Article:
Plans made, we enjoy another lengthy visit from Ranger Frank, this one
featuring a long and convoluted story about a visit to Cuba, selling
black market cigars, Castro as a professional wrestler in the Carolinas
in the early 50's...with sidebars on the Klan, area race relations and
customs, local politics, more souped up cars and encounters with the
highway patrol. We quietly note that Frank has a different last name in
some of these stories. Gotta wonder about that....
Next morning we pack up their gear and drive em up to get the truck &
trailer. The plan that evolves is for Ben and Kathy and kids to cram
into the truck, kids sharing the middle of the bench seat, stuff the dog
in the van on the trailer, and most likely just hightail it home.
Although, in the plan B scenario, they could meet us half way home at
Merchants Mill Pond and still manage to wet a boat on this trip.
At Ryder shop Ben goes in to sign his life away while Kathy and I hang
in the parking lot. Kathy wanders over to check out the truck, hops down
and slips away to whisper into Ben's ear those devastating
OK, so much for plan A. And Plan B. Plan C calls for Ben, one kid and
the dog to take the truck, trailer, van, canoes and gear north to
Merchants Mill Pond. I'll take Kathy, one kid and minimal gear back to
Colleton and we'll head to Merchants in the morning. Won't Diane be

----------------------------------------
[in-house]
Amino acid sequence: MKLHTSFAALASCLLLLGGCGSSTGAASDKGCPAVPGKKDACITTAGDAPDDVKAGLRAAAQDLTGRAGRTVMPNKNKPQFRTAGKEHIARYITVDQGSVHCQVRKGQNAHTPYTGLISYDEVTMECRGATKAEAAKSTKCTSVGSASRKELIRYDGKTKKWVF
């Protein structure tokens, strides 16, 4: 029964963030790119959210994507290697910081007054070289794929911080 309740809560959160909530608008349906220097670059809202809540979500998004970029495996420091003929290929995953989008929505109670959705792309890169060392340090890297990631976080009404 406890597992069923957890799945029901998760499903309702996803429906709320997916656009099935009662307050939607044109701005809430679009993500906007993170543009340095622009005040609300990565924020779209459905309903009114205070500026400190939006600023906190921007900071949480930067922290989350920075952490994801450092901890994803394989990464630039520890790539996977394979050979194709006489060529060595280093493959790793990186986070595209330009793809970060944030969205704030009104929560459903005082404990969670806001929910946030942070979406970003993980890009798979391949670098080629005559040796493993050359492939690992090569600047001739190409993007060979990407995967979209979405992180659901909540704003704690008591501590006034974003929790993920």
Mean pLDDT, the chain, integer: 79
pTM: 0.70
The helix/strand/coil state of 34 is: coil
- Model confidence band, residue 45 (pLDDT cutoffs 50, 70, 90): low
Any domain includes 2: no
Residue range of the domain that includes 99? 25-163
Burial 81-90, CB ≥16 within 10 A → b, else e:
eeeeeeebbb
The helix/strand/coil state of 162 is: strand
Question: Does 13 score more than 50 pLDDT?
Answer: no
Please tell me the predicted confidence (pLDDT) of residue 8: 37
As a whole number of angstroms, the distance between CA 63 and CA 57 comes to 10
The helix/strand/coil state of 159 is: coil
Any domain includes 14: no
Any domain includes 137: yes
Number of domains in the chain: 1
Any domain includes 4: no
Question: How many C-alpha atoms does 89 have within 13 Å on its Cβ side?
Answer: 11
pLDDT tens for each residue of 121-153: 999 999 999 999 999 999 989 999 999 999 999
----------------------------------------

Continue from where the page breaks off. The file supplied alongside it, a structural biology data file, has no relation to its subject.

surprised to see me return with Kathy and Sam?
Hmmm, now there is an opportunity. Diane is fully expecting me to come
back solo. Plans are made to drop Kathy off at the Park entrance and for
Sam to hide in the back of the van. I'll pull into our site, get out and
crack a beer and Sam will come bursting out of the van a few minutes
later, claiming to have stowed away cause he didn't want to go home
yet. Hoo, boy, can't wait to see Diane's reaction to this trick.
Arriving back at Colleton I drop Kathy off at the Park entrance and Sam
hides in the back of the van. A police car flies by, lights flashing and
siren wailing. Another police car blocks the entrance to the camping
area. I squeeze past to discover all manner of fire and rescue vehicles
parked at our campsite. This can't be good.
I anxiously walk to the edge of the river and with great relief see my
kids safe and sound amidst a crowd of people at waters edge. "What's
going on guys?" I ask. "A kid drown...Mom is out there swimming and
diving for him".
Diane was sitting at the rivers edge, watching Tyler and Cooper swim